the students might explore how this action affects people in their community.
Perhaps there are families in the community who have fathers, mothers,
sons, or daughters sent to Somalia. What is their personal reaction to
this complicated problem? Or students might approach the broader issue
of hunger -- and how to address this problem in their community. Perhaps
there is a local food bank struggling to survive. Meals on Wheels might
be an active community agency.
Recognizing the common themes, regardless of the geographic
scale, might prompt students to investigate local problems and become
more involved in finding solutions for community problems. With some good
detective work, students may find that the problem of hunger exists in
their own community.
Publishing News Detectives
The sponsoring classroom would collect, select and edit
these contributions for the News Detectives section of the news magazine.
This project encourages students to learn more about one
another's communities and regions. It may also help students to understand
that their different communities share many similar concerns but with
specific details determined by factors like their population density,
geographic location, transportation and local economy.
News stories often report controversial issues discussing
the different sides of a complex issue . For example, recently a special
committee was assembled by the Senate to explore the role of women in
the military. The committee recommendation was that women continue to
be banned from all combat units. But there were many people who disagreed
with this recommendation.
Often newspapers, news-magazines and television stations
conduct or report the results of public opinion polls. What is your opinion
of this recommendation and how would it have been viewed by your Learning
Sponsoring Circle Surveys
The sponsors of Circle Surveys will be interested in measuring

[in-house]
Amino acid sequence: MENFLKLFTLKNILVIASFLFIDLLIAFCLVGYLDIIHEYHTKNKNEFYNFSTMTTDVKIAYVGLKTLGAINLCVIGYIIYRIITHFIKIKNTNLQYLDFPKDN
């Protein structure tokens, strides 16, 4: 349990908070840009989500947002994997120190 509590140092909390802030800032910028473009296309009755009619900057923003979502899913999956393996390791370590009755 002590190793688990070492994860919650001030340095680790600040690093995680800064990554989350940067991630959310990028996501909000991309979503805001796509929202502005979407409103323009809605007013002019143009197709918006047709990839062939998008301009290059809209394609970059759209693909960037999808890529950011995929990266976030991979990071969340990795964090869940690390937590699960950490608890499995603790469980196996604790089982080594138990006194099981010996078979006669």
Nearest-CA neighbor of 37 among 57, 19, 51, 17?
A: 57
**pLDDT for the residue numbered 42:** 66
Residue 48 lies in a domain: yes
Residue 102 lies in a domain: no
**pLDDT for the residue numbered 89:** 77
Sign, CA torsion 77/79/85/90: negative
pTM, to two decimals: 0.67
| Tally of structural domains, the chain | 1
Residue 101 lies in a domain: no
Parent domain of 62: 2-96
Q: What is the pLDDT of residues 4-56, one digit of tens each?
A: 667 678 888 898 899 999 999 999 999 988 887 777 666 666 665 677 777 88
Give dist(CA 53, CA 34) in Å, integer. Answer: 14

the response of the circle participants on topics that are currently in
the news. One way to sponsor a project on surveys is for the sponsors
to pick an issue that was covered in one of the news or feature segments
and design a short survey for the students in the other classes. For example,
after a feature program on women and combat, the sponsoring class might
send the following opinion survey to the Circle.
A committee of military experts appointed by the president
to make recommendations to the Senate announced last week that women should
continue to be banned from combat, both on the ground and in the air.
What do you think?
(A) Women should be banned from all combat.
(B) Women should be banned from ground combat but
permitted to fly in combat.
(C) Women should be permitted to assume any job for
which they are qualified, including combat positions.
The sponsoring class specifies the procedure for collecting
and reporting the information. For example, in this survey, the request
may be to collect the responses of male and female students separately.
Publishing the Circle Surveys
The class conducting the survey will have an opportunity
to hone their math skills by computing percentages and graphing the results.
The class can explore the possibility of regional differences in response
rates. The results will be shared with the Learning Circle along with
a summary statement explaining their reason for the survey and their interpretation
of the findings. The sponsoring class might ask partner classes to explain
why they voted as they did on a particular survey so that all members
of the Learning Circle can find out more about what their partners think
with more examples